“A bit of civic pride”: Terry Hall remembered

In memory of Terry Hall, who has passed away aged 63, Uncut revisits our 2019 interview with The Specials' frontman

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In 2019, Uncut’s John Lewis sat down with Terry Hall to look back at a landmark year for The Specials – including a No 1 album, a massive world tour and the declaration of The Specials Day in Los Angeles.

TERRY Hall turned 60 this year. “It means I got my Freedom Pass from Transport For London,” he says with a grin. “I bloody love travelling around London on buses, and I plan to fully abuse this pass as much as I can. I also bloody love being 60. I’ve wanted to be 60 since I was in my twenties. I’ve always thought I’d make my best music in the years between 60 and 70.” Hall has been able to put this notion to the test during 2019. The Specials started the year with their first ever No 1 album, Encore, and continued with an 80-date world tour, including a homecoming in the ruins of Coventry Cathedral. Los Angeles even named May 29 ‘The Specials Day’ in the city. Not bad going, then, for a band who celebrated their 40th anniversary this year.
Today, meanwhile, at the Universal Music offices in King’s Cross – just a short bus ride away from Terry Hall’s home in Islington – Uncut’s reporter is sitting on a high office chair, taking notes on a pad, while Hall is slumped on a sofa, occasionally puffing on a vape. The seating position quickly starts to resemble a psychotherapy session, especially when Hall starts to elucidate about mental illness, medication and a track on their album called “The Life And Times Of A Man Called Depression”. It’s also led him to get involved with a mental health charity called Tonic. “They came on tour with us, and we’ve raised a ton of money for them, so they can run choirs and get people with mental health issues to piss around on instruments. It’s great. That’s where my politics are now – direct action.”
Hall, like the rest of the band, is deeply concerned with the current political situation – the impending nightmare of Brexit, the state of the Labour Party under Jeremy Corbyn. But he remains in an upbeat mood. He cheerfully admits to being “a bit obsessed” with the comedy series Fleabag, recommends American stand-up Mitch Hedburg and the podcasts of Bill Burr, and reveals a particular fondness for Larry Sanders and Larry David. “All the Larrys,” he says.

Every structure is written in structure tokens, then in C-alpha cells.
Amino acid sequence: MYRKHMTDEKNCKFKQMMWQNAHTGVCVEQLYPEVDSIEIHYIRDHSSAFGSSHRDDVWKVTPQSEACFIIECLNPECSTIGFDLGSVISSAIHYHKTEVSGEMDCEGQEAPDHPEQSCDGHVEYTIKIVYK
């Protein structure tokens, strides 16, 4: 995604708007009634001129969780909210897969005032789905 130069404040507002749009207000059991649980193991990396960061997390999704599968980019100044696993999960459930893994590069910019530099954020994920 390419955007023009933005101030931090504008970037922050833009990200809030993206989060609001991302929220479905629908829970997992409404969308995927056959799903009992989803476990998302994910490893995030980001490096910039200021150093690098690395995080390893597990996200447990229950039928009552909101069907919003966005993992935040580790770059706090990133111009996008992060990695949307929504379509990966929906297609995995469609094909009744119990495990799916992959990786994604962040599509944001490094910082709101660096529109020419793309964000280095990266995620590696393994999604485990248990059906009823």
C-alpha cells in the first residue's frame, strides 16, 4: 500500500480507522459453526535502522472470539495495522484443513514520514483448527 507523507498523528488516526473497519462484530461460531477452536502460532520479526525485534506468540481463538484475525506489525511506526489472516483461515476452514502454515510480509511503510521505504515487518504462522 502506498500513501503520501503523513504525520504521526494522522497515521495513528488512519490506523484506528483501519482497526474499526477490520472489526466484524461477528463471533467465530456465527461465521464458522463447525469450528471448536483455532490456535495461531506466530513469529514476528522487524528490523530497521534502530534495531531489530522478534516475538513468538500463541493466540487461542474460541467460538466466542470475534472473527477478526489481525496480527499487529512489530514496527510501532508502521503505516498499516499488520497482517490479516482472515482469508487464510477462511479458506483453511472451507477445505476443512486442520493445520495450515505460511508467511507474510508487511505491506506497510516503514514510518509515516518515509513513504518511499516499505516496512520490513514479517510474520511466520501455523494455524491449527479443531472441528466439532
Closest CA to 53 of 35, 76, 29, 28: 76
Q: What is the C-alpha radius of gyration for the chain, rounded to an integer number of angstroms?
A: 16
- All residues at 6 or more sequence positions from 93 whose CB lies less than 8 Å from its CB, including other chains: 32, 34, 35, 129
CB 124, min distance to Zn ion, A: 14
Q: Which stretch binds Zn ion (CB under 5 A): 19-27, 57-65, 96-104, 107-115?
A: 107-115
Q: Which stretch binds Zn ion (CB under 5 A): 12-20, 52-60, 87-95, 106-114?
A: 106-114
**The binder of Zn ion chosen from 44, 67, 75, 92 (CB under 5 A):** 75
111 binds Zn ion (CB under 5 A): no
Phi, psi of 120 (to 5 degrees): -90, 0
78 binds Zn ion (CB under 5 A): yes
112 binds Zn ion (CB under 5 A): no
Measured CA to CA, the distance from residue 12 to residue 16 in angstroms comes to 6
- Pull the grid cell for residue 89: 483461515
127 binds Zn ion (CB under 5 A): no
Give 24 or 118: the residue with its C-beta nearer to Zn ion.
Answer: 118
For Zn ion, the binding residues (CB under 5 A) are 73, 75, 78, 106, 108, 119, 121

“I also bought a Larry Grayson DVD. If you come from Coventry, he’s a bit of a local hero, ’cos he’s from Nuneaton. But the actual DVD was a bit shit. He wasn’t as camp as I remember him.”
Another cause for celebration for Hall has been the stability of the current lineup of The Specials, with three original members – Hall, Lynval Golding and bassist Horace Panter – joined by jazz and reggae drummer Kenrick Rowe, Ocean Colour Scene and Paul Weller guitarist Steve Cradock and Danish keyboard player Nikolaj Torp Larsen. “We actually get on better now than we ever have,” says Hall. “In particular, me and Lynval are big fans of the new Horace. The old Horace used to hide away, reading books about art history, and never talk to us. The new Horace is a transformed man. He’s incredibly friendly. He even winked at me on stage! Fucking hell! Bear that in mind when you interview them. Lynval will talk your ear off, he’s great fun. But Horace might bore the shit out
of you. Make sure you take a book to read when you interview him…”

How important was getting a No 1 album this year?
It’s not, but then again it is. It’s about people’s perception of your band. A lot of things open up if you get a No 1. You get to go on BBC local news if you want. If you get a No 3 record, not so much. It tied in nicely with the 40th anniversary, and the dates grew and grew – I think we did 70 or 80 dates this year. So it’s been hectic and very, very tiring – there was a lot of moaning from knackered sixtysomething men! But it was all good.


How were the four big gigs in Coventry?
Fantastic. It’s hard to find a venue in Coventry that suits us, because we’re so much a part of the city. We supported The Rolling Stones last year at Ricoh Arena, Coventry City’s ground. We didn’t see the Stones, of course – they just introduced themselves five minutes before they went on, then after their show they’re off in cars. It’s how they work, it’s a machine. But this June we played four nights at the ruins of Coventry Cathedral. The only thing they’ve hosted there was some murder mystery thing, where someone pretends to be the butler or something. But the gigs were really lovely – a real event. A bit of civic pride.

You’re playing pretty big venues in the States, aren’t you?